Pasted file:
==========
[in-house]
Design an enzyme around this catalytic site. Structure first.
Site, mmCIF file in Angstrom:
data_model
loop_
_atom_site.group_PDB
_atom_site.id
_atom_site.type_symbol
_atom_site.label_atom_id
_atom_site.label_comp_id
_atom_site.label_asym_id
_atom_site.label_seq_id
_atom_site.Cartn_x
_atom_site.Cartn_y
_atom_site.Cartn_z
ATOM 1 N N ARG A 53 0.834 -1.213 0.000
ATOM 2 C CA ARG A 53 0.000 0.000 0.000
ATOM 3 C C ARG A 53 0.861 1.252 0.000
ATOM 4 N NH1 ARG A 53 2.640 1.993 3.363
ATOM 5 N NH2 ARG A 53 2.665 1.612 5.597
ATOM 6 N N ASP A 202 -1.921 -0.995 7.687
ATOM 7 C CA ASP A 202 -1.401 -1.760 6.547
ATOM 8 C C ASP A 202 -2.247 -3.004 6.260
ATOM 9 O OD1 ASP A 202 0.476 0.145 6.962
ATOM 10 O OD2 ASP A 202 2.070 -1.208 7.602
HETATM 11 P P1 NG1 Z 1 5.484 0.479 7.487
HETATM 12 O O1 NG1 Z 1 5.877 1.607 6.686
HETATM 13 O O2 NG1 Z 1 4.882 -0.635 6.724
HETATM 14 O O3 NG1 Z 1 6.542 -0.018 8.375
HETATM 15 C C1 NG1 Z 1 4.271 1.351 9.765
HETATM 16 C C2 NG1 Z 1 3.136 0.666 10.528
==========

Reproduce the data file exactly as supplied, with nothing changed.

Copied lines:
[in-house]
Design an enzyme around this catalytic site. Structure first.
Site, mmCIF file in Angstrom:
data_model
loop_
_atom_site.group_PDB
_atom_site.id
_atom_site.type_symbol
_atom_site.label_atom_id
_atom_site.label_comp_id
_atom_site.label_asym_id
_atom_site.label_seq_id
_atom_site.Cartn_x
_atom_site.Cartn_y
_atom_site.Cartn_z
ATOM 1 N N ARG A 53 0.834 -1.213 0.000
ATOM 2 C CA ARG A 53 0.000 0.000 0.000
ATOM 3 C C ARG A 53 0.861 1.252 0.000
ATOM 4 N NH1 ARG A 53 2.640 1.993 3.363
ATOM 5 N NH2 ARG A 53 2.665 1.612 5.597
ATOM 6 N N ASP A 202 -1.921 -0.995 7.687
ATOM 7 C CA ASP A 202 -1.401 -1.760 6.547
ATOM 8 C C ASP A 202 -2.247 -3.004 6.260
ATOM 9 O OD1 ASP A 202 0.476 0.145 6.962
ATOM 10 O OD2 ASP A 202 2.070 -1.208 7.602
HETATM 11 P P1 NG1 Z 1 5.484 0.479 7.487
HETATM 12 O O1 NG1 Z 1 5.877 1.607 6.686
HETATM 13 O O2 NG1 Z 1 4.882 -0.635 6.724
HETATM 14 O O3 NG1 Z 1 6.542 -0.018 8.375
HETATM 15 C C1 NG1 Z 1 4.271 1.351 9.765
HETATM 16 C C2 NG1 Z 1 3.136 0.666 10.528